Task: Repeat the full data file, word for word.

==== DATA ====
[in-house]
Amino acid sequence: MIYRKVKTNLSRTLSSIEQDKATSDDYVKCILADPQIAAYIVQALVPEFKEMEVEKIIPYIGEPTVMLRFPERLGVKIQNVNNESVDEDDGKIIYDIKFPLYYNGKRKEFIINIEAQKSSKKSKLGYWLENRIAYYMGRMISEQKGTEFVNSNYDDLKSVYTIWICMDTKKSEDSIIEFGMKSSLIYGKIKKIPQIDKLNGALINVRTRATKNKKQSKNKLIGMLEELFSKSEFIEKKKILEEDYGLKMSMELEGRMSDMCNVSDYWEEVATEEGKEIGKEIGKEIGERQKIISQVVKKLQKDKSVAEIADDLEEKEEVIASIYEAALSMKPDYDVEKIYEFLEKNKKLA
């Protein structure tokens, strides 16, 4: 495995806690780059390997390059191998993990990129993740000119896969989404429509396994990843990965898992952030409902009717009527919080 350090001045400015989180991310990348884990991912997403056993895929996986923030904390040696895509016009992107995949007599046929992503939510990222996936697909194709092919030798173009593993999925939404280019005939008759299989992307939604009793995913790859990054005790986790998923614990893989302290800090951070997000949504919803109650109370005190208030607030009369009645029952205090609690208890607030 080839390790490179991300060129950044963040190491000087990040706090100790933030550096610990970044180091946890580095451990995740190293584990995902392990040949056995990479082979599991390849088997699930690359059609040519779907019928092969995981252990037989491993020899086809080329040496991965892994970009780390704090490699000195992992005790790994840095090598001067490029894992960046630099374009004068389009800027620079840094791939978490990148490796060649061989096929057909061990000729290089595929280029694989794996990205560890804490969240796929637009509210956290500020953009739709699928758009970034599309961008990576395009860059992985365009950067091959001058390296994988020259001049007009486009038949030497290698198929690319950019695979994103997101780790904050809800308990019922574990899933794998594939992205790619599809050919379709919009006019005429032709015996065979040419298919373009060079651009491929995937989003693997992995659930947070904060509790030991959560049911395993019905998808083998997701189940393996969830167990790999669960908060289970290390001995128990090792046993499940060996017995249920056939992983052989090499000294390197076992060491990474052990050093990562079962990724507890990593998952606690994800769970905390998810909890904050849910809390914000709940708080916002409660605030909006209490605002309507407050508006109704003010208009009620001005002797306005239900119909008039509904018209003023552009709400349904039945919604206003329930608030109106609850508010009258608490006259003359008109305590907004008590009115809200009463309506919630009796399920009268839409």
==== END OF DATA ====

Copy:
[in-house]
Amino acid sequence: MIYRKVKTNLSRTLSSIEQDKATSDDYVKCILADPQIAAYIVQALVPEFKEMEVEKIIPYIGEPTVMLRFPERLGVKIQNVNNESVDEDDGKIIYDIKFPLYYNGKRKEFIINIEAQKSSKKSKLGYWLENRIAYYMGRMISEQKGTEFVNSNYDDLKSVYTIWICMDTKKSEDSIIEFGMKSSLIYGKIKKIPQIDKLNGALINVRTRATKNKKQSKNKLIGMLEELFSKSEFIEKKKILEEDYGLKMSMELEGRMSDMCNVSDYWEEVATEEGKEIGKEIGKEIGERQKIISQVVKKLQKDKSVAEIADDLEEKEEVIASIYEAALSMKPDYDVEKIYEFLEKNKKLA
């Protein structure tokens, strides 16, 4: 495995806690780059390997390059191998993990990129993740000119896969989404429509396994990843990965898992952030409902009717009527919080 350090001045400015989180991310990348884990991912997403056993895929996986923030904390040696895509016009992107995949007599046929992503939510990222996936697909194709092919030798173009593993999925939404280019005939008759299989992307939604009793995913790859990054005790986790998923614990893989302290800090951070997000949504919803109650109370005190208030607030009369009645029952205090609690208890607030 080839390790490179991300060129950044963040190491000087990040706090100790933030550096610990970044180091946890580095451990995740190293584990995902392990040949056995990479082979599991390849088997699930690359059609040519779907019928092969995981252990037989491993020899086809080329040496991965892994970009780390704090490699000195992992005790790994840095090598001067490029894992960046630099374009004068389009800027620079840094791939978490990148490796060649061989096929057909061990000729290089595929280029694989794996990205560890804490969240796929637009509210956290500020953009739709699928758009970034599309961008990576395009860059992985365009950067091959001058390296994988020259001049007009486009038949030497290698198929690319950019695979994103997101780790904050809800308990019922574990899933794998594939992205790619599809050919379709919009006019005429032709015996065979040419298919373009060079651009491929995937989003693997992995659930947070904060509790030991959560049911395993019905998808083998997701189940393996969830167990790999669960908060289970290390001995128990090792046993499940060996017995249920056939992983052989090499000294390197076992060491990474052990050093990562079962990724507890990593998952606690994800769970905390998810909890904050849910809390914000709940708080916002409660605030909006209490605002309507407050508006109704003010208009009620001005002797306005239900119909008039509904018209003023552009709400349904039945919604206003329930608030109106609850508010009258608490006259003359008109305590907004008590009115809200009463309506919630009796399920009268839409």